Gospel & Universe
The Chinese Sky
This page looks at Li Bai's take on the heavens in light of Daoism and Chinese astronomy. It also notes that while Zhuangzi's Daoism suggests the existential possibility of infinite space, his philosophy remains idealistic.
Li Bai's Milky Way - Digits - Tang Astronomy - May Be
Li Bai's Milky Way
In “Drinking Alone Beneath the Moon” the 8th century Taoist poet Li Bai writes about dancing with his shadow, drunkenly beneath the moon. Here’s an excerpt — in two different translations:
1. Ezra Pound (1915)
[…] I make the moon and the shadow my company
To enjoy the springtime before too late
The moon lingers while I am singing
The shadow scatters while I am dancing
We cheer in delight when being awake
We separate apart after getting drunk
Forever will we keep this unfettered friendship
Till we meet again far in the Milky Way
2. Arthur Whaley (1919)
[…] with the moon as friend and the shadow as slave
I must make merry before the Spring is spent.
To the songs I sing the moon flickers her beams;
In the dance I weave my shadow tangles and breaks.
While we were sober, three shared the fun;
Now we are drunk, each goes his way.
May we long share our odd, inanimate feast,
And meet at last on the Cloudy River of the sky.
Li Bai suggests an ambiguous mystical intimacy with the natural world, from the shadow beside him to the distant stars in the sky. This combination of intimacy and distance, connection and detachment, isn’t surprising when one remembers that the Daoist version of Deity is impersonal and yet connected somehow to the human psyche. The legendary author Laozi (circa 6th C. BC) says that the Dao "produces (all things) and nourishes them" and that it "does all, and yet does not boast of it" (The Tao Teh King, 9.3, trans. James Legge). The Dao came "into existence before Heaven and Earth" and "may be regarded as the Mother of all things" (25.1). Yet despite the nourishing and motherly nature of this obscure origin of everything, the universe itself is fairly ruthless: "Heaven and Earth do not act from (the impulse of) any wish to be benevolent; they deal with all things as the dogs of grass are dealt with" (5.1) Legge explains that the dogs of grass were used in sacrifice and "when the sacrifice was over, were thrown aside and left uncared for."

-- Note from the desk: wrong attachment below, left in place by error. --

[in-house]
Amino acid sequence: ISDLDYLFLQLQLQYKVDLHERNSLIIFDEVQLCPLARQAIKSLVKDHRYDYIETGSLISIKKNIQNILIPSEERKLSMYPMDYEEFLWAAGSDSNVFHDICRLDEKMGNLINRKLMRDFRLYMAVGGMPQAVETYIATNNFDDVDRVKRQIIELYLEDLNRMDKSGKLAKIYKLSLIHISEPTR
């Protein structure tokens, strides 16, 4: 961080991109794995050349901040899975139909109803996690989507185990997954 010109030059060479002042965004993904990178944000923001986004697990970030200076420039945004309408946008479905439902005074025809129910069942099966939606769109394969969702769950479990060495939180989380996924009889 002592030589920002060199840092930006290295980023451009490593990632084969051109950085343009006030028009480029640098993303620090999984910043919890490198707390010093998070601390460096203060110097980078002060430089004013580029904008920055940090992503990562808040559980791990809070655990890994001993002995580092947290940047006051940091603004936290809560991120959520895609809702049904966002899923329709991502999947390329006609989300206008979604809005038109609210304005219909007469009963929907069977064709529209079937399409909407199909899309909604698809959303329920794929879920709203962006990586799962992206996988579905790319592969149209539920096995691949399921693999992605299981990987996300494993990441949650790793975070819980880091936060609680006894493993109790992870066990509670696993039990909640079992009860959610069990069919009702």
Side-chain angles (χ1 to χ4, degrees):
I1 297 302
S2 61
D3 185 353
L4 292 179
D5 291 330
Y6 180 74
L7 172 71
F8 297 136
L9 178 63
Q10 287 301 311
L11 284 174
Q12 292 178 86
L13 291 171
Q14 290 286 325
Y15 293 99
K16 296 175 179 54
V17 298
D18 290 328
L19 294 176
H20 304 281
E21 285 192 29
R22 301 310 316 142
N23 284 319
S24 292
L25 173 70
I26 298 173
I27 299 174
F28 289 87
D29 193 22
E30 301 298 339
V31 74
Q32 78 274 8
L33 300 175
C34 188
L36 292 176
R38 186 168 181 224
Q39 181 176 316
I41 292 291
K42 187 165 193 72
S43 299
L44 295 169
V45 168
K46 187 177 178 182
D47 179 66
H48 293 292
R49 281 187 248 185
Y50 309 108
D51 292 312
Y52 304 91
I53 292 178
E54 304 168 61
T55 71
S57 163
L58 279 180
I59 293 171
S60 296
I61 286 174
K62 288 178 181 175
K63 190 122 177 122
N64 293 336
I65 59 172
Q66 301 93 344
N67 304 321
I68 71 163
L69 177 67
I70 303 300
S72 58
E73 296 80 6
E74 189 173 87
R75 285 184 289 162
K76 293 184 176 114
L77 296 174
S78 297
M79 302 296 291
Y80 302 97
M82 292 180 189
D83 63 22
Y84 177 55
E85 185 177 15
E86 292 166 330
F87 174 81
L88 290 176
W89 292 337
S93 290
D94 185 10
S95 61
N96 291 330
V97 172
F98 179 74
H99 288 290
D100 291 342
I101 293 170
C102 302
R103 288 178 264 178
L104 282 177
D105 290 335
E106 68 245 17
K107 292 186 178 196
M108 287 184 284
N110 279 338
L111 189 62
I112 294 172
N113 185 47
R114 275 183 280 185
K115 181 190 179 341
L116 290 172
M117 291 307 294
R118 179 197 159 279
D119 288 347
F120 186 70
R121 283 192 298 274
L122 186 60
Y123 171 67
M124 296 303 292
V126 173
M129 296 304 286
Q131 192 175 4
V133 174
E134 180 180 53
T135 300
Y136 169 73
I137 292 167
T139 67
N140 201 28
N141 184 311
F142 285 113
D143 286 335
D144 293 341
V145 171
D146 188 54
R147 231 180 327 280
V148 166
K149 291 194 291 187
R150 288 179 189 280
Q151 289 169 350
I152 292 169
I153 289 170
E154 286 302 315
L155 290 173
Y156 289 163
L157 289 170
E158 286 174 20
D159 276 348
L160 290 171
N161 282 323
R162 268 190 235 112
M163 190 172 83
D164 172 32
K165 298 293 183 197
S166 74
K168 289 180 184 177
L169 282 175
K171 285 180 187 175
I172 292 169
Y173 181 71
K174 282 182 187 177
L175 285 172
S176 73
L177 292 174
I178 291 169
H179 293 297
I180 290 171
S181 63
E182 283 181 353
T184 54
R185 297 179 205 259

Distant yet near, the Dao is by definition — or anti-definition — impossible to grasp. The 4th century BC Zhuangzi writes that the Dao "is something inexhaustible, and yet men think it has an end; it is something unfathomable, and yet all men think its extreme limit can be reached" (The Texts of Taoism 11.4, Legge trans.). Zhuangzi's stories are filled with references linking the concept of the infinite Dao with the infinite space of the cosmos. In one of these, Starlight asks Non-entity if the former exists:
'Master, do you exist? or do you not exist?' [Starlight] got no answer to his question, however, and looked steadfastly to the appearance of the other, which was that of a deep void. All day long he looked to it, but could see nothing; he listened for it, but could hear nothing; he clutched at it, but got hold of nothing. Starlight then said, 'Perfect! Who can attain to this?' (5.8)
In its emphasis on mystical experience of the Void and infinite space, Daoism is perhaps one of the first religions of astronomical space. Many early religions and philosophies talked about space, yet they were more about astological space than astronomical space; they tried to humanize outer space or they tried to correlate outer space in some clear or logical way with the systems and fates of humans. Astronomy, on the other hand, doesn’t make the same assumptions about correlation and connection. Daoism may be one of the first epistemological and ontological systems to mix intimate, meaningful human experience with an otherwise endless and unhumanizable universe. Zhuangzi counsels us to enjoy ourselves "with the Tao in the land of Great Vacuity," "pursue the Great Way (on a grand scale)!", "cultivate a grand similarity with the chaos of the plastic ether," "roam in the Grand Void," "Be large-minded like space, whose four terminating points are illimitable, and form no particular enclosures," and "mount on the bird of the light and empty air, proceed beyond the six cardinal points, and wander in the region of non-entity, to dwell in the wilderness of desert space" (3.2, 3.3, 11.5, 5.7, 17.6, 7.3). He defines the Dao spatially as "the limit of the unlimited, and the boundlessness of the unbounded" (5.6).
In its refusal to define the afterlife or prescribe a clear code of conduct and belief, Daoism also shares more with agnosticism than with the great world religions. In regard to the afterlife, Zhuangzi asserts that "All things have the life (which we know), but we do not see its root; they have their goings forth, but we do not know the door by which they depart" (8.8); "What we can point to are the faggots that have been consumed; but the fire is transmitted (elsewhere), and we know not that it is over and ended" (3.4). In regard to conduct and doctrine, Zhuangzi asserts that "to start from nowhere and pursue no path is the first step towards making the Tao your own" (5.1). Unlike Confucianism, which is often seen as a complementary philosophy, Daoism refuses to elevate doctrine or morality, expressing instead a haughty disdain for both rules and words.